Positive leadership trumps cynicism
Still reflecting on yesterday’s engaging conversation with Christian Hunt who invited me to record an episode of his Human Risk Podcast The Human Risk Podcast. We discussed how leaders should deal with the fact that people and their behavior are the key to an organization’s success but are also a risk factor to a its integrity and reputation. It is the ingenuity of people that lead to an organizations’ success and it’s sloppiness, dishonesty, or greed of one employee to bring disaster over an otherwise healthy firm.
For leaders this creates a dilemma. Stanford professor Jamil Zaki gave an illustrative example of it in a recent HBR podcast. He described the story of a new Boston Fire Chief who was appointed in 2001. When looking at his department he realized that his fire fighters took a disproportionate number of sick days on Fridays and Mondays. He concluded that his fire fighters were exploiting the department’s generosity. So, he introduced a limit of 15 sick days max. per year. Where employees would go beyond that number without a doctor’s note their pay would be severely cut. This move had unintended consequences. In the year after the introduction of the policy the number of sick days across the department more than doubled, from 6’000 the year before to 13’000! The fire fighters were given the message that they were not trusted – and they retaliated.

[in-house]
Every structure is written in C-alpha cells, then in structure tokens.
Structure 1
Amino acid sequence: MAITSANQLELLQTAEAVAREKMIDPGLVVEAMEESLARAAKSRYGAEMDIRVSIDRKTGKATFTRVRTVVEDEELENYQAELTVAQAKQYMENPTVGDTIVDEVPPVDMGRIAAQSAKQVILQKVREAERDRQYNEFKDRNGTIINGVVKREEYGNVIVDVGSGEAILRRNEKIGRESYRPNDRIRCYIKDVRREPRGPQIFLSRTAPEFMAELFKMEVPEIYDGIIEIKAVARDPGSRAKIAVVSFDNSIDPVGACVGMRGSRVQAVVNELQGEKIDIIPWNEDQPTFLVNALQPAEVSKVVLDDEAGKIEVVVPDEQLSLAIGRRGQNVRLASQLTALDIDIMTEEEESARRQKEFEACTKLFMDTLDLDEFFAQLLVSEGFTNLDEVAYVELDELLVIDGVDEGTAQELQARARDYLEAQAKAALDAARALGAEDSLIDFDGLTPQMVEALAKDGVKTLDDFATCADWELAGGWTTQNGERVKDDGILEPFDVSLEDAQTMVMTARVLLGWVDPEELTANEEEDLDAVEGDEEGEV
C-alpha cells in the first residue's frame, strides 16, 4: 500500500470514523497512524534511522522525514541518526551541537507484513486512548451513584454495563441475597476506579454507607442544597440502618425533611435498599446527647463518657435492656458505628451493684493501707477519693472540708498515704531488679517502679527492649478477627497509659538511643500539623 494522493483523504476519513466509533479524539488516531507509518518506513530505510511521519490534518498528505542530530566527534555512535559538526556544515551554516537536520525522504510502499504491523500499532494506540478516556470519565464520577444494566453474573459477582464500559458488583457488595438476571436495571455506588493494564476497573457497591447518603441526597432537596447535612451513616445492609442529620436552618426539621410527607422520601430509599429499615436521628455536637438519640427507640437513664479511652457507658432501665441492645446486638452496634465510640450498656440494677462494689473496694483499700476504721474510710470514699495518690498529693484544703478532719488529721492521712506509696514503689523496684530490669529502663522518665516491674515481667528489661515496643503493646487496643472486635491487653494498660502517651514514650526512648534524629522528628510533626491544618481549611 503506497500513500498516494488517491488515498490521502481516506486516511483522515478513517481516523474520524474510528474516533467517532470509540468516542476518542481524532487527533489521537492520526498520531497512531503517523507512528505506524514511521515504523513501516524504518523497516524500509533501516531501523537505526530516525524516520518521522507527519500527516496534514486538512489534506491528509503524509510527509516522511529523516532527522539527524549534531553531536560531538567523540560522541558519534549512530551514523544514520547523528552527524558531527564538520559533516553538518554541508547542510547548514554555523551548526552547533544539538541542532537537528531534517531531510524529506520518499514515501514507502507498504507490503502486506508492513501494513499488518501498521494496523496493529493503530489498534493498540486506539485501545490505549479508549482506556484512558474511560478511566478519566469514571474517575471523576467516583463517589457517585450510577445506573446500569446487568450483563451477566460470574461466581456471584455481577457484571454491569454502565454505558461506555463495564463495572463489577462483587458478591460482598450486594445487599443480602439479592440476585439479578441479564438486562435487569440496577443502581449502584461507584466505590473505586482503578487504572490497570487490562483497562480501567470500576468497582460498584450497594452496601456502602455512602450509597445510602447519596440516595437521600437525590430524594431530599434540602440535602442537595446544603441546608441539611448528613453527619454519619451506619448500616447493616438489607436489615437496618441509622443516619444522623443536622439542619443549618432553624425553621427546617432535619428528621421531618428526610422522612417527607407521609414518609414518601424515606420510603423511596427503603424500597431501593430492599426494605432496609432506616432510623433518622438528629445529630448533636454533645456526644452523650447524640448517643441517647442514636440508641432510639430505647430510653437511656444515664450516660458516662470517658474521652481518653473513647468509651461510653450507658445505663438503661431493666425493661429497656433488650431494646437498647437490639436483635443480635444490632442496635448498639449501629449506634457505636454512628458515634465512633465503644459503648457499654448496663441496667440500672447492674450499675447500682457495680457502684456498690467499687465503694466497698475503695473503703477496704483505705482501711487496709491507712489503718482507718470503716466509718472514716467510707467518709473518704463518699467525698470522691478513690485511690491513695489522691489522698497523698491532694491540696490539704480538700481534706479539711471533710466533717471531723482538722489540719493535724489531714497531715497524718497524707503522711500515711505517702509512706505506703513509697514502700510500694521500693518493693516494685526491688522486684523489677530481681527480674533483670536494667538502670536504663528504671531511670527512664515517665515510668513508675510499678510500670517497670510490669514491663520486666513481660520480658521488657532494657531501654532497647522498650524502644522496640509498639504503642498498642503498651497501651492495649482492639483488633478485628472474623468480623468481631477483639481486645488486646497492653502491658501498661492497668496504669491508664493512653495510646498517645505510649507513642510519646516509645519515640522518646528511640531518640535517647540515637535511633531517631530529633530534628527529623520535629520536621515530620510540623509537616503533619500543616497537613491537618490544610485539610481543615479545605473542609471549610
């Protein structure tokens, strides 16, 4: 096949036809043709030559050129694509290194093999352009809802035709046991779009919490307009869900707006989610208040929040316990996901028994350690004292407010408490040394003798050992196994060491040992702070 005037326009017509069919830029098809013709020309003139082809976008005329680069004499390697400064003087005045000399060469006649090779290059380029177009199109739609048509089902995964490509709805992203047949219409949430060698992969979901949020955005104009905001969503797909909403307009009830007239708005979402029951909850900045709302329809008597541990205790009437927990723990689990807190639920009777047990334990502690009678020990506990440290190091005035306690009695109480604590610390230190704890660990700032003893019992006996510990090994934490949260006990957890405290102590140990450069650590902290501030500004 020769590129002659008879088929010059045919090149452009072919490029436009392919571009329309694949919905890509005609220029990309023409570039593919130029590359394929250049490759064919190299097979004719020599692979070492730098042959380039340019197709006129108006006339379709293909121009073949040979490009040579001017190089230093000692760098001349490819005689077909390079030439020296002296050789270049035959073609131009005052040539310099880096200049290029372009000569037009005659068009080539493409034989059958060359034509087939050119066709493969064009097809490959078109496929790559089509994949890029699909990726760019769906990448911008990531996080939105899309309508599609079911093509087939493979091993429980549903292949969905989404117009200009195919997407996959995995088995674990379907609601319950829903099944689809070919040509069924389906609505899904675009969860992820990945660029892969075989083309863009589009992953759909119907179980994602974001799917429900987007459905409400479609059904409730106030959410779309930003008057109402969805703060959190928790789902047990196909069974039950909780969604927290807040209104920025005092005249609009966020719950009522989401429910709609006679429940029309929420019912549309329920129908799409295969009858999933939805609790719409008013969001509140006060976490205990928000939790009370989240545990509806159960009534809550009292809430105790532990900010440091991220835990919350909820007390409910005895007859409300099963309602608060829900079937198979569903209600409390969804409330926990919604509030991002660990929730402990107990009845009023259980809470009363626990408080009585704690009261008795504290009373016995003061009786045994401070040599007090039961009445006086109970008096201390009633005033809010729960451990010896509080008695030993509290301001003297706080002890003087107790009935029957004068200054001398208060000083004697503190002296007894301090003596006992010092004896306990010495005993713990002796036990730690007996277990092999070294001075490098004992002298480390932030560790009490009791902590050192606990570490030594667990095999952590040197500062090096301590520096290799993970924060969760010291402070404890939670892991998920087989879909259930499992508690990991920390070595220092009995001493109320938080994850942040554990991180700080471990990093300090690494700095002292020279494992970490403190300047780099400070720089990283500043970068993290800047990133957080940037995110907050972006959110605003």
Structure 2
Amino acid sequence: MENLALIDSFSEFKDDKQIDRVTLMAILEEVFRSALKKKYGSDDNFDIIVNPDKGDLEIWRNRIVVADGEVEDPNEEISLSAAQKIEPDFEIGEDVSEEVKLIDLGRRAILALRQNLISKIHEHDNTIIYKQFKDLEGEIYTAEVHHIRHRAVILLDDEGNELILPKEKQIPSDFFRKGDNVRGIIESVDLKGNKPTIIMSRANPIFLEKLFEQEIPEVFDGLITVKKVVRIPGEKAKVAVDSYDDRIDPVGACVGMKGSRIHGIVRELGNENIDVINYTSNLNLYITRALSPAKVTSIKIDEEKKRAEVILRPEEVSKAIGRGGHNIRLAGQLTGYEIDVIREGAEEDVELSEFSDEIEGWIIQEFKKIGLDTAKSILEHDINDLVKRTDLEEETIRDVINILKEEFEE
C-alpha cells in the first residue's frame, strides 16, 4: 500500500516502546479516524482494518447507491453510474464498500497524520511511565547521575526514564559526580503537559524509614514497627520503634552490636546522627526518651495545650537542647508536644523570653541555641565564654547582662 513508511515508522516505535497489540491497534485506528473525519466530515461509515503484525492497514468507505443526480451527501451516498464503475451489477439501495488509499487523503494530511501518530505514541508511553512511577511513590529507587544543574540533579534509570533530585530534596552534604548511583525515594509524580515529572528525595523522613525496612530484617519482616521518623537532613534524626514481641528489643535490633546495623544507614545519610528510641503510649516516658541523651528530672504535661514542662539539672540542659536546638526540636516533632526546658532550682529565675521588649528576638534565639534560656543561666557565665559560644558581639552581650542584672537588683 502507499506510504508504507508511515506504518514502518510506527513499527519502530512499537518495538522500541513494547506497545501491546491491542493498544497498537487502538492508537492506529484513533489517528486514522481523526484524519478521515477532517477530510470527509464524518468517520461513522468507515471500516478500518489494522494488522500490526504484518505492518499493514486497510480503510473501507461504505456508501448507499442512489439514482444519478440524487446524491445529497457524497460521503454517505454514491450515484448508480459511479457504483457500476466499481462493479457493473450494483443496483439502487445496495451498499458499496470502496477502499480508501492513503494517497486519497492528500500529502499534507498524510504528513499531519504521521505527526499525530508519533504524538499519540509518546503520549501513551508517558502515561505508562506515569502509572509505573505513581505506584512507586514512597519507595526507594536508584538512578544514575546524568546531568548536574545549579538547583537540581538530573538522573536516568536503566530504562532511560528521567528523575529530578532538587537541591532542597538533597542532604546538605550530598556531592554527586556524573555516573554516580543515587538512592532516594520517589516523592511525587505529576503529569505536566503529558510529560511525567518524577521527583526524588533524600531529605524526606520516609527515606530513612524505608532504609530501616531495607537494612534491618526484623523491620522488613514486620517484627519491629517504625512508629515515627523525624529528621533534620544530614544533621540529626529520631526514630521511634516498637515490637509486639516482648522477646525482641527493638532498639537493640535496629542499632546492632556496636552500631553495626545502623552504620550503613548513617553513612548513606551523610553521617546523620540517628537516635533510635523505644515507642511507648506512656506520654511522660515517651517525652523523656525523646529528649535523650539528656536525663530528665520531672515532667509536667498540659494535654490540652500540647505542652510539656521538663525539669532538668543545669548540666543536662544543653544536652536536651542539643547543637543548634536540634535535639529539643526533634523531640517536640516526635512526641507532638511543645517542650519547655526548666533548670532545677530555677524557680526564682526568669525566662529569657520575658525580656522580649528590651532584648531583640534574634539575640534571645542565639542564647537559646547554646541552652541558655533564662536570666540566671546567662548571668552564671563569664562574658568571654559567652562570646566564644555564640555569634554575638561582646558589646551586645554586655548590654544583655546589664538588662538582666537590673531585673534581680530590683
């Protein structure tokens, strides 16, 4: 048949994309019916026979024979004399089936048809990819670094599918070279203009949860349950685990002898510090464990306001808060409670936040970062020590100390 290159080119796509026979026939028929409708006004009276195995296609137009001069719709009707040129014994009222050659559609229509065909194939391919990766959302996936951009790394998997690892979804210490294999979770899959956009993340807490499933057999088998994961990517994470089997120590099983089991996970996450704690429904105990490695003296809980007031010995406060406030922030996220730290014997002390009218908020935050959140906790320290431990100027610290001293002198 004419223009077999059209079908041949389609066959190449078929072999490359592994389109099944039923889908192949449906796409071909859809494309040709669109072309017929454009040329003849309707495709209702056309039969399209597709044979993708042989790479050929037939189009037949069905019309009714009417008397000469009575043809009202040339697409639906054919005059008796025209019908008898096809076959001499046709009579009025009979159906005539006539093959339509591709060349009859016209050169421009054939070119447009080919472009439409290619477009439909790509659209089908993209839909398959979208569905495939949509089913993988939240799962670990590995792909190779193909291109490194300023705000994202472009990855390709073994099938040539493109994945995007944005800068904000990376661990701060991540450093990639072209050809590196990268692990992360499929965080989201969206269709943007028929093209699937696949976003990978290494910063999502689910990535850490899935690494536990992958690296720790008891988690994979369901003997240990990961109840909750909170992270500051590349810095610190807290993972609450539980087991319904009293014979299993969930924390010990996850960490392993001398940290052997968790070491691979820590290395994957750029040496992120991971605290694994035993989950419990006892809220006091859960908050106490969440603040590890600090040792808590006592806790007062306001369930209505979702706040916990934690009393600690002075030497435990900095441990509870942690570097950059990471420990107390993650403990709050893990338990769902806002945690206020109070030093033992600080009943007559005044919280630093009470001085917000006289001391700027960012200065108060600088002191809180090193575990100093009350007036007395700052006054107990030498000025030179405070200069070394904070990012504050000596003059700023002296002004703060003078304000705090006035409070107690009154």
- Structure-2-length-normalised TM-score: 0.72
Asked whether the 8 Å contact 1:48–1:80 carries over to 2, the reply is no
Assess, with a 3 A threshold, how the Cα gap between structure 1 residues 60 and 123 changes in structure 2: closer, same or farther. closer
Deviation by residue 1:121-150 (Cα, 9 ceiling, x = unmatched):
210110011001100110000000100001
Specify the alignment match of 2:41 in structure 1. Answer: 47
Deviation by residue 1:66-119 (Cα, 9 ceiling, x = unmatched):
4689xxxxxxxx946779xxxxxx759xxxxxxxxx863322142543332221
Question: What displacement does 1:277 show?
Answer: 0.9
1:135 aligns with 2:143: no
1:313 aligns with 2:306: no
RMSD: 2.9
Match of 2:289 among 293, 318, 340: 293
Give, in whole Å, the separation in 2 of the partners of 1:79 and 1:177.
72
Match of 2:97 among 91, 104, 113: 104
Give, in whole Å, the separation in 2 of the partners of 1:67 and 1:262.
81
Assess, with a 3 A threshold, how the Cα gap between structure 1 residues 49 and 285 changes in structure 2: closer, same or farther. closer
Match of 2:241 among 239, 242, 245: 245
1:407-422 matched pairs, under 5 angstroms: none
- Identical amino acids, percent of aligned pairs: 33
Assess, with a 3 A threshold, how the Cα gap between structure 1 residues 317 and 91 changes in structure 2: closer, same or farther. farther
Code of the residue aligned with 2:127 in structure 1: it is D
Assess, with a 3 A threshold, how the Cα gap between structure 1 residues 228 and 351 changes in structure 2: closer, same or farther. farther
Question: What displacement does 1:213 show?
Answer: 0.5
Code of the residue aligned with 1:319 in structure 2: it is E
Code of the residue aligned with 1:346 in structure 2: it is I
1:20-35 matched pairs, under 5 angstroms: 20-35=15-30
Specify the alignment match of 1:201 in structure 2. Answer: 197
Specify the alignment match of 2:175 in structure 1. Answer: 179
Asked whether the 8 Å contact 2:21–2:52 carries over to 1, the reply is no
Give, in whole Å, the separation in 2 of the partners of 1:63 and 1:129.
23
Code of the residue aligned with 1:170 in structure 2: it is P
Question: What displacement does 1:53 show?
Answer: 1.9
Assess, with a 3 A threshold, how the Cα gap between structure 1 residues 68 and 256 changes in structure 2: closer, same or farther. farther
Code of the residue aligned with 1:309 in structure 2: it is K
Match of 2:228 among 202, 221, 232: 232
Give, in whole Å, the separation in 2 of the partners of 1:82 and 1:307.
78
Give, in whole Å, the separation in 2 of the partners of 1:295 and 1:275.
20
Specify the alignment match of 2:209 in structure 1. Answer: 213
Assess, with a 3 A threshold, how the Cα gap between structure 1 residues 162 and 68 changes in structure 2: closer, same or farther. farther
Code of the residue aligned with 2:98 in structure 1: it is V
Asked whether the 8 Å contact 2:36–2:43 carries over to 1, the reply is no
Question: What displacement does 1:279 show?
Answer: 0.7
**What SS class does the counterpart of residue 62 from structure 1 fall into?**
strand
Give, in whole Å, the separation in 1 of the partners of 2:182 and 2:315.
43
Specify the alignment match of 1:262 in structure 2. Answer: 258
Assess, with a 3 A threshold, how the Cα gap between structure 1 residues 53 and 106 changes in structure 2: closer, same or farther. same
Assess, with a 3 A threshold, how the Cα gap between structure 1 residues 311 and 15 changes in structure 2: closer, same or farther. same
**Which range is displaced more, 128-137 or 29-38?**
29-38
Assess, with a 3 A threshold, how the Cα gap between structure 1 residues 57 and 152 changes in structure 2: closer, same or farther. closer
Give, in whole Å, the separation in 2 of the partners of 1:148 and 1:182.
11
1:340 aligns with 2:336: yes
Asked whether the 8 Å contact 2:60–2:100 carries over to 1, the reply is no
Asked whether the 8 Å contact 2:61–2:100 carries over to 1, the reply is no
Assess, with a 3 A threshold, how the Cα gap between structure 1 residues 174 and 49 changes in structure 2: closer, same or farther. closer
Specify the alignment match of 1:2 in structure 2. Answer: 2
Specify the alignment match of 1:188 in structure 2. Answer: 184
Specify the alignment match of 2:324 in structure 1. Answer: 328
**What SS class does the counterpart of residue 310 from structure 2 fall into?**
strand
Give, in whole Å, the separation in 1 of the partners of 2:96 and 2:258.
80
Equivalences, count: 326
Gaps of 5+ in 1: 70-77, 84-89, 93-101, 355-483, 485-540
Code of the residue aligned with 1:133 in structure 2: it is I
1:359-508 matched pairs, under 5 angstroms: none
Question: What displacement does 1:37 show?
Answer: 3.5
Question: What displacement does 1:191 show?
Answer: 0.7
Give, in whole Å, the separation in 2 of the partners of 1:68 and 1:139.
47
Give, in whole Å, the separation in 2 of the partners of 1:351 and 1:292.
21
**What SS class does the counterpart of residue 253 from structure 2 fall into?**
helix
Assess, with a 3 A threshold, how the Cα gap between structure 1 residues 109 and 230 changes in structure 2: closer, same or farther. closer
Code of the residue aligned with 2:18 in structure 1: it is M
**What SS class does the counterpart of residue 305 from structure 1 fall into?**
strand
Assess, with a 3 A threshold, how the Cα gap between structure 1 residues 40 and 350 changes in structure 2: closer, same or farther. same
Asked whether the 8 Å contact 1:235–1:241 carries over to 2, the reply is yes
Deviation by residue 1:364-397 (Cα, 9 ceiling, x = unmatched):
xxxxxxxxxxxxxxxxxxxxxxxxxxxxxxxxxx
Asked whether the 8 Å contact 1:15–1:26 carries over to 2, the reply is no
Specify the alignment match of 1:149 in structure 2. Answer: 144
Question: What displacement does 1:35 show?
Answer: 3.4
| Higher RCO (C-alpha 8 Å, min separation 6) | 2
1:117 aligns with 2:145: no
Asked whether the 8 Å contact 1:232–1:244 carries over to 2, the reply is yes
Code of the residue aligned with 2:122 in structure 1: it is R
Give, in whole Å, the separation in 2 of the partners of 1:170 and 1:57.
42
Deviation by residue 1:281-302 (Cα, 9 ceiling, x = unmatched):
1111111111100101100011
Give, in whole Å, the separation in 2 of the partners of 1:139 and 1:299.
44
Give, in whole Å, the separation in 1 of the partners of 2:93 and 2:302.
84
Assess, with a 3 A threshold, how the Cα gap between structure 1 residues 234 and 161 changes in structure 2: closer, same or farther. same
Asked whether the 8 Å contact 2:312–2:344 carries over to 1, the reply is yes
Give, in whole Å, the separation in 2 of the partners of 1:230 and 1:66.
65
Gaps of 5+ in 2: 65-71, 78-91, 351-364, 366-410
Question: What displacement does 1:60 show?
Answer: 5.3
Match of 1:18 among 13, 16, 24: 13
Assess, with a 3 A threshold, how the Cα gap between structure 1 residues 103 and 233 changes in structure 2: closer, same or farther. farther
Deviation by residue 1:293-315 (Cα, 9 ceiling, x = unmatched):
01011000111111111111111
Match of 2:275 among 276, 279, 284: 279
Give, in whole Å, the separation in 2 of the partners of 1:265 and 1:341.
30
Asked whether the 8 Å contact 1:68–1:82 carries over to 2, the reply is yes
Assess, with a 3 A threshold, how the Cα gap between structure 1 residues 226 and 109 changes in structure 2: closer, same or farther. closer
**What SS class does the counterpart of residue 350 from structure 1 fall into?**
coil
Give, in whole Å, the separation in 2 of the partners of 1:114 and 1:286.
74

People are greatly affected by the way we treat them. If leaders go in with the cynical assumption that their people are selfish, greedy, and dishonest by nature, this has toxic effects on the culture and performance of a company. It leads to disengagement and stifles productivity. However, we also know that people do bad stuff and boards and regulators make sure that leaders can’t be naïve and look in the other direction.
So, what should leaders do? They should apply a fundamentally positive leadership approach which assumes that most people want to give their best and will return trust with trustworthiness. Research shows that this works and is the key to an engaged, creative, and diligent workforce in a healthy and productive organization. However, positive leadership also needs to stay rooted in reality. While cynicism is destructive, a healthy level of skepticism protects organizations from the risks that come with blind trust. Human beings are not perfect and there will always be those who breach the rules. To catch the few, however, is much easier in a trusting culture. Trust creates psychological safety for every person in a team. Safety enables people to speak up when someone takes the wrong turn and policies and rules are being breached.
Leaders have no choice than to make the leap of faith even if sometimes they get disappointed. Positive leadership trumps cynicism.